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  Thursday, July 20, 2017  
   
 

 
The Plumeri House: Continuing a History of Hospitality

 

When Julian A.C. Chandler, President of William & Mary, was searching for a College Librarian who would revolutionize the library, he found Earl Gregg Swem. Dr. Swem was described as a first-rate man who later made significant contributions to the development of the library.
In 1925, Dr. Swem and his wife, Lilia, decided to build their home close to campus on Chandler Court, off Jamestown Road. Their neighbors, Professor and Mrs. John Minor Stetson, had designed a formal garden at the rear of their property which adjoined the Swem property. The garden served as a test site for daffodils and miniature boxwoods for the Garden Club of Virginia. One of Dr. Swem’s favorite works was a study of letters (1734-46) on gardening between English Botanist, Peter Collinson and John Custis of Williamsburg. The work was entitled Brothers of the Spade. With that inspiration, Lilia and Earl Gregg Swem decided to christen their home “Spadehaven.” Here, the Swems entertained faculty, students and neighbors for many years.
William & Mary purchased “Spadehaven” in 1963, and three years later, the university library was named in Dr. Swem’s honor. The home was rented as faculty housing until 1999. At that time, it was recommended to President Timothy J. Sullivan that the house be renovated and used as a dedicated guest facility for visiting speakers and donors. Thanks to the generosity of William & Mary alumnus Joseph J. Plumeri, II ’66, D.P.S. ’11, who rented a room next door to Spadehaven as a student, the house was restored in 2000 to accommodate this need. During renovation, systems were updated and air conditioning added. The four bedroom house was converted to a two bedroom en suite, enabling multiple guests to have private work spaces as needed.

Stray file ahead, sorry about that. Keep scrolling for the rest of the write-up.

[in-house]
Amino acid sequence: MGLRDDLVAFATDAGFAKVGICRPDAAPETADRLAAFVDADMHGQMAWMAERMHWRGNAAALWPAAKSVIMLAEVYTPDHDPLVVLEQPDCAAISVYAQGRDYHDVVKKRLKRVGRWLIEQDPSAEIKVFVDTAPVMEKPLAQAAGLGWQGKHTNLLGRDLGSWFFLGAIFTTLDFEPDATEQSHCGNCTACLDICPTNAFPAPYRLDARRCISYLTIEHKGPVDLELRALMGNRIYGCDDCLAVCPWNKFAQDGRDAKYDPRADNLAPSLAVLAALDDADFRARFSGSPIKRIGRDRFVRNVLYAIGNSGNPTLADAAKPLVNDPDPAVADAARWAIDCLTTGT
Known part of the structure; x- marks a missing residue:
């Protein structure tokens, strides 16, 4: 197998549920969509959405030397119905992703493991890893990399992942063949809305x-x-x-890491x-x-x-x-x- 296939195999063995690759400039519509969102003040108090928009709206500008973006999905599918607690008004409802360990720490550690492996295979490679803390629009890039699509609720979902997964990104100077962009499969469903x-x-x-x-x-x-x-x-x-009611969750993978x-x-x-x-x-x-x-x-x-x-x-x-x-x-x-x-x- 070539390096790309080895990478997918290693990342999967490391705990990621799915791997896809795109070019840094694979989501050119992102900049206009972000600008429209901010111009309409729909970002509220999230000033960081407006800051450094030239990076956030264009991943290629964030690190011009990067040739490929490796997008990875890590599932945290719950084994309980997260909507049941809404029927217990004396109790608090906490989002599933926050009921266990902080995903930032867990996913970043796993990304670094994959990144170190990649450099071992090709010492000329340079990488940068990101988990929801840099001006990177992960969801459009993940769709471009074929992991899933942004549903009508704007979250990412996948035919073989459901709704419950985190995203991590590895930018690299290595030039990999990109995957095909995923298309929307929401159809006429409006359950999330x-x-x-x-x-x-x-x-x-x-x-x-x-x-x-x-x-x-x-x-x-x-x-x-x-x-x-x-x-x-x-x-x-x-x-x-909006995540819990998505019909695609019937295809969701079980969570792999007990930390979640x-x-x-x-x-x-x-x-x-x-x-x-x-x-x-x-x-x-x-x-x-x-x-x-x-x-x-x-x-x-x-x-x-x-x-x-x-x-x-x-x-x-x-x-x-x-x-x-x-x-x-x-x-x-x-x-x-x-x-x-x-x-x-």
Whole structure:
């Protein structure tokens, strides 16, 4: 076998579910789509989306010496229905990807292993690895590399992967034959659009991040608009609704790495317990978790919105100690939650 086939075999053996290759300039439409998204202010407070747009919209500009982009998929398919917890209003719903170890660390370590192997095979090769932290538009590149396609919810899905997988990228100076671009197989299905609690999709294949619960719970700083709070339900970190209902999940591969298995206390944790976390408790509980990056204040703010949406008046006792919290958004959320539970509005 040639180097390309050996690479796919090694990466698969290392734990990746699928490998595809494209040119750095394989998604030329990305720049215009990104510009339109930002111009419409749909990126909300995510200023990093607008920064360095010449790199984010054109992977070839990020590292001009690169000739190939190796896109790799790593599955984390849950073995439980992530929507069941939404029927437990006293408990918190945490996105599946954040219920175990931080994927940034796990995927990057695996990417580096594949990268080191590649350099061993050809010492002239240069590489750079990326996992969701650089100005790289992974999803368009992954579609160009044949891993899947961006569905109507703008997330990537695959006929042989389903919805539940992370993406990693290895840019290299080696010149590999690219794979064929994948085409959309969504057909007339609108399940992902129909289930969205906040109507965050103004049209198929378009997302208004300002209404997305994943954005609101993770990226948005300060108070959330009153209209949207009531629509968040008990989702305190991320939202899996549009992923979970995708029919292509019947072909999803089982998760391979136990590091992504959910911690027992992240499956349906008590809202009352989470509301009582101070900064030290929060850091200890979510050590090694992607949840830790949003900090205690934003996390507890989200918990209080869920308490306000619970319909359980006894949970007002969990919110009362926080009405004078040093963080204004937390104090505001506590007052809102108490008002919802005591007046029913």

The late Robert Martin, ASID was recruited to coordinate the interior design and furnishings plans, which were brought together through the efforts of Joseph H. Steele, II ’76 and Carolina Furniture of Williamsburg. The home features artwork by William & Mary Art & Art History Professor Bill Barnes, and pottery by Professor Emerita Marlene Jack. Student artwork is also featured throughout the house from the President’s Collection of Art, founded by President Timothy J. Sullivan ‘66 and his wife, Anne Klare Sullivan ‘66.
Joseph Plumeri and Earl Gregg Swem shared two loves: William & Mary and baseball. On the occasion of his 90th birthday, Earl Gregg Swem wrote the poem, “A Meander in Meditation with Baseball Overtones” noting “Today the batter at the plate begins an inning new.” Fifty years later Spadehaven, too, has a new beginning as The Plumeri House - a home away from home for special members of the William & Mary family.
The historic significance of the Plumeri House has been recognized by the National Register of Historic Places, and its Chandler Court neighborhood has been designated a Historic District by the Virginia Historic Landmark Commission.
The Plumeri House will be one of six homes open to the public during the 57th Annual Christmas Homes Tour, Saturday, December 3, 2016, presented by Green Spring Garden Club, Inc. Along with the President’s House at William & Mary, the Charlotte Brooks House, the Lampert family home on North Henry Street and Scotland Streets, the Elkanah Deane House and the Custis Tenement will be open in Colonial Williamsburg’s Revolutionary City. Advance sale tickets are available through the website: www.greenspringgardenclub.org.
Green Spring Garden Club, Inc. is proud to distribute all proceeds from the tour to education, supporting scholarships in Environmental Science and Biology at William & Mary and Christopher Newport University, Horticulture scholarships at Virginia Tech University and Nature Camp scholarships for students in grades 5-12 in Williamsburg-James City County or the Bruton District of York County.
Beautification and conservation funds have been provided throughout the Greater Williamsburg area, including support for the Colonial Williamsburg Foundation gardens, Hospice House gardens, the City of Williamsburg and James City County, the Williamsburg Botanical Garden, the Virginia Living Museum, Dream Catchers, the Norfolk Zoo and numerous other projects.